The High Line

Editor’s Note: New York by Rail updated this April 2018 blog to include current information.

High Line Blog Header

A new life for an old train line.

The High Line

Photo by Francois Roux/Adobe Stock

During the mid-1800’s, railroad tracks ran along 10th and 11th Avenue in Manhattan, delivering coal, dairy products and beef to processors and distributors on the West Side. Men on horseback rode in front of the trains, waving flags to warn people of approaching trains, but the corridor was hazardous. By 1910, an estimated 548 deaths and 1,574 injuries had occurred over the years on the 11th Avenue line alone. The solution – elevate the tracks!

In 1933, the first train chugged along the High Line viaduct, which ran from St. John’s Park to Spring Street. However, by the 1950’s the dramatic increase in interstate trucking greatly depressed the market for freight trains. By 1978, the High Line saw only two carloads of cargo per week. Two years later, with the construction of the Javits Convention Center at 34th Street, Conrail, the High Line’s owner, had to disconnect it from the national rail system. Afterward, the unused line fell into disrepair, but its riveted steel structure remained sound.

The High Line as an elevated rail corridor<br /> during the mid-20th Century. | Photo from New York City Municipal Archives

The High Line as an elevated rail corridor during the mid-20th Century.

The High Line

Photo by Janifest

The High Line in 2021

Today in the spring of 2021, the High Line is still a must-see attraction in New York City. Even in the midst of Covid-19, the High Line remained open for visiting. As an outdoor attraction and urban trail, the High Line is easily a staple destination for New Yorkers and visitors alike. With its very close proximity to Moynihan Train Hall at Penn Station, which is less than half a mile away, the High Line is a quick and easy trip for visitors. Whether you’re someone looking for a little bit of nature in an urban environment, or someone looking to take on a trail without walking through the woods, the High Line has something for everyone.

Because Covid-19 restrictions are only beginning to be lifted as nearly 50 percent of New Yorkers are being vaccinated, you’ll need to make advance reservations to walk the High Line on the weekends. However, if you’re looking to embark on your adventure on a weekday, no reservations are needed. One of the greatest aspects of the High Line is that it’s completely outdoors, making it a safe activity for anyone who is still worried about the pandemic.

A Second Life

In 1999, inspired by the Promenade Plantée, a tree-lined walkway following an old, elevated railroad line in Paris, residents along the High Line began advocating for the city to preserve and repurpose of the High Line as an urban park. Work on the project began in 2006, with the first phase opening in 2009. The third and final phase was completed in 2014, with a short spur above 10th Avenue and 30th Street to open this year.

Today, the High Line is one of New York’s outdoor gems. This 1.45-mile elevated greenway now has over 5 million visitors annually and has inspired other cities throughout the United States to turn obsolete infrastructure into attractive public areas.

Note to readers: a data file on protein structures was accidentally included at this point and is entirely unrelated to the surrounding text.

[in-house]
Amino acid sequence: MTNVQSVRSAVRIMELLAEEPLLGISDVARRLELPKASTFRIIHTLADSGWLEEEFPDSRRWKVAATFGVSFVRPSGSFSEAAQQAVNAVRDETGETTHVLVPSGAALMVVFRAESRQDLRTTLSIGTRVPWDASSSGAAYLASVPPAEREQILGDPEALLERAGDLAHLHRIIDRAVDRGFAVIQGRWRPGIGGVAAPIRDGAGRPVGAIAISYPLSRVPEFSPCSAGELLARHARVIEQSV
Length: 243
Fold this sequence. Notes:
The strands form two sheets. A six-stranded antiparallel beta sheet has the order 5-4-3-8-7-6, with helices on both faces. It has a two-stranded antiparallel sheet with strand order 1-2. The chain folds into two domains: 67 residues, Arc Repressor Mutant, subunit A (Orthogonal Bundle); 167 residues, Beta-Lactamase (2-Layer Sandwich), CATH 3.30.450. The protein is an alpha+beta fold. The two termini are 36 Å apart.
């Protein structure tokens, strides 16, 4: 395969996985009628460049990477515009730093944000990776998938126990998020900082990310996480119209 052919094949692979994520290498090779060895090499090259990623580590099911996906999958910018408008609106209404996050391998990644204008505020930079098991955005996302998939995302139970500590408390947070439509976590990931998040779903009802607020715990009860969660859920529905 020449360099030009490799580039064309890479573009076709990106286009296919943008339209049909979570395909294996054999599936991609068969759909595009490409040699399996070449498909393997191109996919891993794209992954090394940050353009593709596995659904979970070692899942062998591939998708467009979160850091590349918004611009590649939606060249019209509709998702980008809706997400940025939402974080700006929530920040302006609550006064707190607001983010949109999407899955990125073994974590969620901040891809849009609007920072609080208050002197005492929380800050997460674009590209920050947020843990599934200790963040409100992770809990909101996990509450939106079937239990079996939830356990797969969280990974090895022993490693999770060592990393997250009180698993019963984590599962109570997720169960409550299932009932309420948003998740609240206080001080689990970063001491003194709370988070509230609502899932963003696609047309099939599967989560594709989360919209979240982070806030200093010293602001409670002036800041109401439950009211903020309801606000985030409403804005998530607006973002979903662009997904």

The High Line

Photo by Hansenn/Adobe Stock

The High Line Highlights

The High Line is first and foremost a park, with green space, areas for children to play, tai chi classes, joggers, strollers and many places to simply hang out and watch the world go by. Visitors can also take a walking tour to learn about the High Line’s history, design, unique horticulture and public art program. You can also watch or participate in live music and dance performances. And during Halloween, the ghosts of all those who met their demise before the train tracks were elevated are said to haunt the High Line. But they’re friendly ghosts offering a day of family activities, like face painting, ghoulish live performances and other reasons to dress up.

There’s a saying in the city, “You gotta have park!”. The High Line has quickly become one of New York’s most beloved green spaces and a must-see for visitors. The High Line plays many roles and one of them is a garden. During the warmer months, you’ll be accompanied by beautiful gardens filled with different types of plants and flowers. Just like Manhattan’s other parks, the High Line provides a natural outlet for New Yorkers, whether they’re city residents or visitors. It’s a tribute to the past and a shining example of how that past can be preserved and revitalized.

brick house
Experience the Brick House sculpture by Simone Leigh | Photo Courtesy of


While walking the trail, you’ll likely notice things that’ll differ from your typical walking trail experience. In typical Manhattan fashion, this urban trail is filled with art, culture and even food. A prominent feature along the High Line is its position as a sculpture park. The High Line is adorned with multiple commissioned sculptures. This section of the High Line is called Plinth, a landmark destination that has hosted public art commissions since 2019. Here, you can view large sculptures like the upcoming “Untitled (Drone)” by Sam Durant. If you visited anywhere between June 2019 and May 2021, you likely saw Simone Leigh’s famous “Brick House” sculpture. No matter when you’re visiting the High Line, you’ll always witness breathtaking art from talented artists.